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  • Patrick Chovanec

    What Causes Revolutions?

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  • Patrick Chovanec

    Enter the New Year

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  • China Rises: Notes from the Middle Kingdom

    China, school violence and official reaction

    I wrote yesterday about growing questions in China about the differences between the U.S. reaction to the tragedy in Newtown and that of the tragedy in Henan Province, where, on the same say as the shooting in Connecticut, a man stabbed and slashed 23 students at a primary school. (All survived in Henan, where the weapon was a knife, not an AR-15.) As a commentary piece in the state-controlled Global Times noted: “The Chinese public has focused on the slow official response and the level of social reflection. Many are furious that while the Americans have started mourning nationwide, the Chinese appear insensitive to the Henan case.” Another story today, carried by China Daily, caught my attention. It describes an example of how profoundly off-key propaganda can ...more

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  • China Rises: Notes from the Middle Kingdom

    Postcard from a snowy Beijing

    The smell of roasting sweet potatoes in a city covered with snow put me in the mood to take a detour on my walk to work today  ...

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  • ChinaBizGov

    Comparing Corruption in China and the US

    Today's WSJ China Realtime reports on a study by a George Mason University economist who attempts to compare corruption in the US and China.  His conclusion is that corruption in America's Gilded Age (1877-1893)* was worse than corruption in China today.Perhaps the conclusion is correct, but the methodology used by this professor is flawed.  US corruption is measured by mentions of corruption in US newspapers 1870-1930.  China corruption is measured by mentions of corruption in US (not Chinese!) newspapers 1990-2011.So he is measuring corruption in two countries by the number of times the newspapers of only one of the countries mentions the word.  Even if the researcher had used Chinese newspapers, the study still would have been flawed due to Commun...more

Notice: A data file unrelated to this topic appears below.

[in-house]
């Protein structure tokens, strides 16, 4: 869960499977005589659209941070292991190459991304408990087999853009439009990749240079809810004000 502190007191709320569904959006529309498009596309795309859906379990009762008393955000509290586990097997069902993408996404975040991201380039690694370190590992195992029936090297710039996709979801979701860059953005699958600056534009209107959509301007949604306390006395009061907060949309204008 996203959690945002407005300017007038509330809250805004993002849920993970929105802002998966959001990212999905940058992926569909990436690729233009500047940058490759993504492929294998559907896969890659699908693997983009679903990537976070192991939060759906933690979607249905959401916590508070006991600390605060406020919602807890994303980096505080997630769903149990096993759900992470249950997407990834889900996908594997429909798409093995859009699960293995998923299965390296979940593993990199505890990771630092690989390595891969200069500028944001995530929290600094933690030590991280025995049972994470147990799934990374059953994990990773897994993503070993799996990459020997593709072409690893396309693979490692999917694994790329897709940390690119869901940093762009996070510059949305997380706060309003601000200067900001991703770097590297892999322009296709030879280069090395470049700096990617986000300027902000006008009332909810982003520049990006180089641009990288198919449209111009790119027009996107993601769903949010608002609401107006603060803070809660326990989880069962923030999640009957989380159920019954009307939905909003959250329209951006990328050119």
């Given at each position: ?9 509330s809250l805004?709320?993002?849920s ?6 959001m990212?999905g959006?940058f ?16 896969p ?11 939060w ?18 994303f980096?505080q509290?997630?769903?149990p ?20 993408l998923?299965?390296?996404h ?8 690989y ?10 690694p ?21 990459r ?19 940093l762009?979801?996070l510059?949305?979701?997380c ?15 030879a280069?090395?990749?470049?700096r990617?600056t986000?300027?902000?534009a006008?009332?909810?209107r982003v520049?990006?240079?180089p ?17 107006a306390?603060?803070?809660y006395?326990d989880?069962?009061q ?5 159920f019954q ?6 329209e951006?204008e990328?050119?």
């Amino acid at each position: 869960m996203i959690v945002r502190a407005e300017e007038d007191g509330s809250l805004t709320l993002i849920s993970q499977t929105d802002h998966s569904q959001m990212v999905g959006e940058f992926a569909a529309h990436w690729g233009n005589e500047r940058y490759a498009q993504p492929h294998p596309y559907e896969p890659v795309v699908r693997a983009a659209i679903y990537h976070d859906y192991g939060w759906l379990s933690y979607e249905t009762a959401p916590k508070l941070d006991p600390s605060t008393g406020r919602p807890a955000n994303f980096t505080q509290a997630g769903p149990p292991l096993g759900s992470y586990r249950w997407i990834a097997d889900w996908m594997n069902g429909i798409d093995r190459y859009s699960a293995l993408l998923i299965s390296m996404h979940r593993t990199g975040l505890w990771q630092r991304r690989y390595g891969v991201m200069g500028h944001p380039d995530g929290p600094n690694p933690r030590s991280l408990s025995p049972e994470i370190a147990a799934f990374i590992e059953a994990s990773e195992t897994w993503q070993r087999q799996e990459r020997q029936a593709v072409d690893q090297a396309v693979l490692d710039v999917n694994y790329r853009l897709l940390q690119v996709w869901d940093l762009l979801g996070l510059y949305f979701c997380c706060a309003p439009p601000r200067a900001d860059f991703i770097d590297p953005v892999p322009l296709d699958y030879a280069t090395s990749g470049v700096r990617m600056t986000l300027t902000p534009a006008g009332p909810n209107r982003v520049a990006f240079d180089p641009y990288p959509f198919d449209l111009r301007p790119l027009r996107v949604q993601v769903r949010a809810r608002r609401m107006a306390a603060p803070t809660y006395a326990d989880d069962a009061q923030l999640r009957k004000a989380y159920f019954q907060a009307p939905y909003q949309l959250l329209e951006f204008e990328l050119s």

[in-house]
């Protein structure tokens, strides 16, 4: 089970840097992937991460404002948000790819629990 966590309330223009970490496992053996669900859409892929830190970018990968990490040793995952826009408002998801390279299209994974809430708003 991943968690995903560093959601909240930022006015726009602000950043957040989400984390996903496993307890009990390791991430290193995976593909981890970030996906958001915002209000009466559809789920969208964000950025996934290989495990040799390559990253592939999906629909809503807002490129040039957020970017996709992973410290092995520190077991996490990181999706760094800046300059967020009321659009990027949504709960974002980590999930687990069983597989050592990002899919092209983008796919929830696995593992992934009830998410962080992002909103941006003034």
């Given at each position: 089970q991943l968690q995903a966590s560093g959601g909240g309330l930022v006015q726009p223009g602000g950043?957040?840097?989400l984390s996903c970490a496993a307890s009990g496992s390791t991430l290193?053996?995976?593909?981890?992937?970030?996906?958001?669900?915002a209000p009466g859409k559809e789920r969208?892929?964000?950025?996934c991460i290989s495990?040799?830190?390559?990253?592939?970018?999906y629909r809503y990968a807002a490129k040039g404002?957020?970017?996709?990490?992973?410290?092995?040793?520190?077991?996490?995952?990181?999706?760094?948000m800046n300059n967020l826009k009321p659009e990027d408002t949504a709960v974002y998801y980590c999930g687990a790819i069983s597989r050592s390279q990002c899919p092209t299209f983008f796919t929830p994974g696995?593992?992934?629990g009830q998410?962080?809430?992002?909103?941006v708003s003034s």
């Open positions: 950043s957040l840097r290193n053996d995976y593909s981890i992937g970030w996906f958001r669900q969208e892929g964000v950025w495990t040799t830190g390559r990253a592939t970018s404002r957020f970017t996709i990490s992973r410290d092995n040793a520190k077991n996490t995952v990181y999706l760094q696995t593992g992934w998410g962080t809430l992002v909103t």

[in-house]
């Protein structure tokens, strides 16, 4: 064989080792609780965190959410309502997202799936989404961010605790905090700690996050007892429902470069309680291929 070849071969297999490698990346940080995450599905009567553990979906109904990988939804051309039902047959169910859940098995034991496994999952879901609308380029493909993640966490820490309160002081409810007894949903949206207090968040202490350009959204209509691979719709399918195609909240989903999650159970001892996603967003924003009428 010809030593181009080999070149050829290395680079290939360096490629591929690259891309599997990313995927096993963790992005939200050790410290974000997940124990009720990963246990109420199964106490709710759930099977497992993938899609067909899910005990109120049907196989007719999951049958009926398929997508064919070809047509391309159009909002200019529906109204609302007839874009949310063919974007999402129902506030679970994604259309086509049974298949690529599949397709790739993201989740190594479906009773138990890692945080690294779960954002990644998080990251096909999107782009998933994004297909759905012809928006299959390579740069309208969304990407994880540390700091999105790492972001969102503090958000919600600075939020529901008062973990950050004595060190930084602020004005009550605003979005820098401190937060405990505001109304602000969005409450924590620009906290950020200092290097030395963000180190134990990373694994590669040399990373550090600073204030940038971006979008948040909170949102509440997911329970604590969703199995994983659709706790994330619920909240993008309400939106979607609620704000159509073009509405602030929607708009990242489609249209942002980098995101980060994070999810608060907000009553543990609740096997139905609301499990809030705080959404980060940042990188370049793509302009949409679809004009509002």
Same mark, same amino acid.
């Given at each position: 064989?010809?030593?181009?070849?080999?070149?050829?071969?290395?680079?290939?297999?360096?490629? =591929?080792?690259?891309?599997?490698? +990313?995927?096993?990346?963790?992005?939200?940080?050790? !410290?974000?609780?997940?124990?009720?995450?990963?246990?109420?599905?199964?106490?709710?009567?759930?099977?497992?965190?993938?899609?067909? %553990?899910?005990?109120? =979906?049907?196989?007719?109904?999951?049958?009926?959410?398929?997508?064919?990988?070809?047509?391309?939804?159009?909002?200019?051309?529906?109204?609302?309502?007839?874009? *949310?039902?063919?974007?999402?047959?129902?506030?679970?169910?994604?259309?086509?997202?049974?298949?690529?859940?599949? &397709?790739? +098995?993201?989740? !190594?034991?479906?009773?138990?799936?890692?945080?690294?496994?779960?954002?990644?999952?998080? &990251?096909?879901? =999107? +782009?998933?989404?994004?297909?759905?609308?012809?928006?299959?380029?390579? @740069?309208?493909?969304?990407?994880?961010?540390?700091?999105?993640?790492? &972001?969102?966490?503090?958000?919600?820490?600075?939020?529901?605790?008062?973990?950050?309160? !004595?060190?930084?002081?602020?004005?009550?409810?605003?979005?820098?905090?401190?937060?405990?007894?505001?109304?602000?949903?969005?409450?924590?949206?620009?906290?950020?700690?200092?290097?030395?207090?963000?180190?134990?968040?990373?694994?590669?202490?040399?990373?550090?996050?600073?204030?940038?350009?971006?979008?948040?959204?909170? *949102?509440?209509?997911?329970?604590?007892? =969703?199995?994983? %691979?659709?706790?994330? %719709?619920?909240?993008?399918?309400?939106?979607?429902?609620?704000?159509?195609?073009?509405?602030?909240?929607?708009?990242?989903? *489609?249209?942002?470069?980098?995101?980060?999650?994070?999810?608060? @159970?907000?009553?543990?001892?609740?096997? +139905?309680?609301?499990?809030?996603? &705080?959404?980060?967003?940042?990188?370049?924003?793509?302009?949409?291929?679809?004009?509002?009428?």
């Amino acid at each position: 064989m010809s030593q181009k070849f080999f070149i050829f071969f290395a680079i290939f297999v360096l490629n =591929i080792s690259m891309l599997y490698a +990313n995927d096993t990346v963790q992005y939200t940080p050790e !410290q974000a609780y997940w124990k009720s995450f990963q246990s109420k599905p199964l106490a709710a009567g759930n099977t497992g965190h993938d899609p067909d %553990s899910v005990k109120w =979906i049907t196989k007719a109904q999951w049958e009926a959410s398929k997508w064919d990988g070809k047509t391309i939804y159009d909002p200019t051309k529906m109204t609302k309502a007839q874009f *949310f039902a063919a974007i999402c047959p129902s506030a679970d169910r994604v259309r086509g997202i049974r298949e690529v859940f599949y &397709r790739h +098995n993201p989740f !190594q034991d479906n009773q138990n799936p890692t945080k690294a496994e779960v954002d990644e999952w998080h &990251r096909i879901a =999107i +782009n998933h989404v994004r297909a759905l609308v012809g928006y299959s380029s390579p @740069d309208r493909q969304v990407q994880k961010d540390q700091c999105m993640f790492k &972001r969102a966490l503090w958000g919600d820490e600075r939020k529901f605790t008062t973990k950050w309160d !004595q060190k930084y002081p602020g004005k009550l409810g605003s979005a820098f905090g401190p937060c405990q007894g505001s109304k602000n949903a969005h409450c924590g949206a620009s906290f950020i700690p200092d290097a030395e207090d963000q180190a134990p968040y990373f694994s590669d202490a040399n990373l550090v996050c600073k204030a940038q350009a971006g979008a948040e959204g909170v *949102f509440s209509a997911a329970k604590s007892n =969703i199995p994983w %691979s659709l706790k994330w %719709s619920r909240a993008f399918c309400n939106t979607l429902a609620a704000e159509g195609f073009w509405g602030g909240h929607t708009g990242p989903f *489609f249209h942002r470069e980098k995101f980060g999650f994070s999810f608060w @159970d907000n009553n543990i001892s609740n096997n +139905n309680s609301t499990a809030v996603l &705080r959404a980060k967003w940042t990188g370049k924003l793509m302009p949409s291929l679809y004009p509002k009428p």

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  • ChinaBizGov

    GM and SAIC: Trouble in Paradise?

    General Motors (GM) and Shanghai Auto (SAIC) announced in December of 2009 that they were deepening their partnership beyond their joint venture in China.  Together they created a 50:50 joint venture, registered in Hong Kong, for expansion outside of China.  Now that partnership appears to be coming apart.Initially, the plan for the HK JV was for the two sides to work together in India and possibly elsewhere in the future.  (For further insight into this particular deal, please see Chapter 4 of Designated Drivers.) As for the India venture, GM would contribute two existing factories in India, along with its Chevrolet brand, and SAIC would contribute cash -- something that GM had been seriously lacking as it had emerged from bankruptcy earlier that same ye...more

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Richard Wood Richard Wood

Richard has published papers on wages policy, the taxation of financial arrangements and macroeconomic issues in Pacific island countries. Views expressed in these articles are his own and may not be shared by his employing agency. He is the author of How to Solve the European Economic Crisis: Challenging orthodoxy and creating new policy paradigms